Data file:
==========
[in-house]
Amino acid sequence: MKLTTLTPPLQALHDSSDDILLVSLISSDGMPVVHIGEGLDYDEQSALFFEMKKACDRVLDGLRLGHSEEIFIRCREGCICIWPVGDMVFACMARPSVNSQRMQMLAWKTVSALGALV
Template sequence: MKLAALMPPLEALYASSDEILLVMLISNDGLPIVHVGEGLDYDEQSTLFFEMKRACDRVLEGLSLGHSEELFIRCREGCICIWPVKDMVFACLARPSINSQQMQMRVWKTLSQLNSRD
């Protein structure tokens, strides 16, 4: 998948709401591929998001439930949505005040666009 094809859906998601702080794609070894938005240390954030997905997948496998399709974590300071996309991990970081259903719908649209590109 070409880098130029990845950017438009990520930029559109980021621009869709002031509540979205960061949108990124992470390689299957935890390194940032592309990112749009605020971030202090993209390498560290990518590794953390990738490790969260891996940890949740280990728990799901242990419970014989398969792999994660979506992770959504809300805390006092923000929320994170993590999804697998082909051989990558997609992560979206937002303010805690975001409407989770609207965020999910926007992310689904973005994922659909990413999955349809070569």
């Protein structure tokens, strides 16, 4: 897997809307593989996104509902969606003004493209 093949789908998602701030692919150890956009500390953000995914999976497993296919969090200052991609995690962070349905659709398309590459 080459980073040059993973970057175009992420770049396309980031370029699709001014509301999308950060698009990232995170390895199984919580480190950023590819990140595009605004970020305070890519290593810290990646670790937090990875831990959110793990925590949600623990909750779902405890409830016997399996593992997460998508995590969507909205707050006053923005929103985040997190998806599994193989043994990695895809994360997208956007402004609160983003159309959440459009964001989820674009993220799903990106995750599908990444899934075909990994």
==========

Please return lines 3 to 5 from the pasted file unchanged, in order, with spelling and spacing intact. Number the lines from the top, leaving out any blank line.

Template sequence: MKLAALMPPLEALYASSDEILLVMLISNDGLPIVHVGEGLDYDEQSTLFFEMKRACDRVLEGLSLGHSEELFIRCREGCICIWPVKDMVFACLARPSINSQQMQMRVWKTLSQLNSRD
């Protein structure tokens, strides 16, 4: 998948709401591929998001439930949505005040666009 094809859906998601702080794609070894938005240390954030997905997948496998399709974590300071996309991990970081259903719908649209590109 070409880098130029990845950017438009990520930029559109980021621009869709002031509540979205960061949108990124992470390689299957935890390194940032592309990112749009605020971030202090993209390498560290990518590794953390990738490790969260891996940890949740280990728990799901242990419970014989398969792999994660979506992770959504809300805390006092923000929320994170993590999804697998082909051989990558997609992560979206937002303010805690975001409407989770609207965020999910926007992310689904973005994922659909990413999955349809070569």
């Protein structure tokens, strides 16, 4: 897997809307593989996104509902969606003004493209 093949789908998602701030692919150890956009500390953000995914999976497993296919969090200052991609995690962070349905659709398309590459 080459980073040059993973970057175009992420770049396309980031370029699709001014509301999308950060698009990232995170390895199984919580480190950023590819990140595009605004970020305070890519290593810290990646670790937090990875831990959110793990925590949600623990909750779902405890409830016997399996593992997460998508995590969507909205707050006053923005929103985040997190998806599994193989043994990695895809994360997208956007402004609160983003159309959440459009964001989820674009993220799903990106995750599908990444899934075909990994």